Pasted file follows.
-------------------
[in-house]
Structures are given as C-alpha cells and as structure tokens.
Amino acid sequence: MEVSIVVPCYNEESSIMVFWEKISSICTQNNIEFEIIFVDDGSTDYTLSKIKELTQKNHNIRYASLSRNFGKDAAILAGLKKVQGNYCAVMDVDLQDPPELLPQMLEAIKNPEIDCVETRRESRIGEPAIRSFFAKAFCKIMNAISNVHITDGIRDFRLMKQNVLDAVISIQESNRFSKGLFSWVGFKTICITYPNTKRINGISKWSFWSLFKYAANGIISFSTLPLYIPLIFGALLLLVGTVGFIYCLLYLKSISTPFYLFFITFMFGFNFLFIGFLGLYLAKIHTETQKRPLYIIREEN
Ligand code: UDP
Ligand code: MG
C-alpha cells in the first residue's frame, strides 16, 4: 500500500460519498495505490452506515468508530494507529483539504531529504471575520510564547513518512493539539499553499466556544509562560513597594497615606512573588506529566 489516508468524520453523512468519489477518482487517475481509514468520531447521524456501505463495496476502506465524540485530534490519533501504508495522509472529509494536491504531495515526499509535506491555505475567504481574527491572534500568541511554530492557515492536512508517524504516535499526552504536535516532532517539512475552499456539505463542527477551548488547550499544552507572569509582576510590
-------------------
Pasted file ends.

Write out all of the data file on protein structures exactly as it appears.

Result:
[in-house]
Structures are given as C-alpha cells and as structure tokens.
Amino acid sequence: MEVSIVVPCYNEESSIMVFWEKISSICTQNNIEFEIIFVDDGSTDYTLSKIKELTQKNHNIRYASLSRNFGKDAAILAGLKKVQGNYCAVMDVDLQDPPELLPQMLEAIKNPEIDCVETRRESRIGEPAIRSFFAKAFCKIMNAISNVHITDGIRDFRLMKQNVLDAVISIQESNRFSKGLFSWVGFKTICITYPNTKRINGISKWSFWSLFKYAANGIISFSTLPLYIPLIFGALLLLVGTVGFIYCLLYLKSISTPFYLFFITFMFGFNFLFIGFLGLYLAKIHTETQKRPLYIIREEN
Ligand code: UDP
Ligand code: MG
C-alpha cells in the first residue's frame, strides 16, 4: 500500500460519498495505490452506515468508530494507529483539504531529504471575520510564547513518512493539539499553499466556544509562560513597594497615606512573588506529566 489516508468524520453523512468519489477518482487517475481509514468520531447521524456501505463495496476502506465524540485530534490519533501504508495522509472529509494536491504531495515526499509535506491555505475567504481574527491572534500568541511554530492557515492536512508517524504516535499526552504536535516532532517539512475552499456539505463542527477551548488547550499544552507572569509582576510590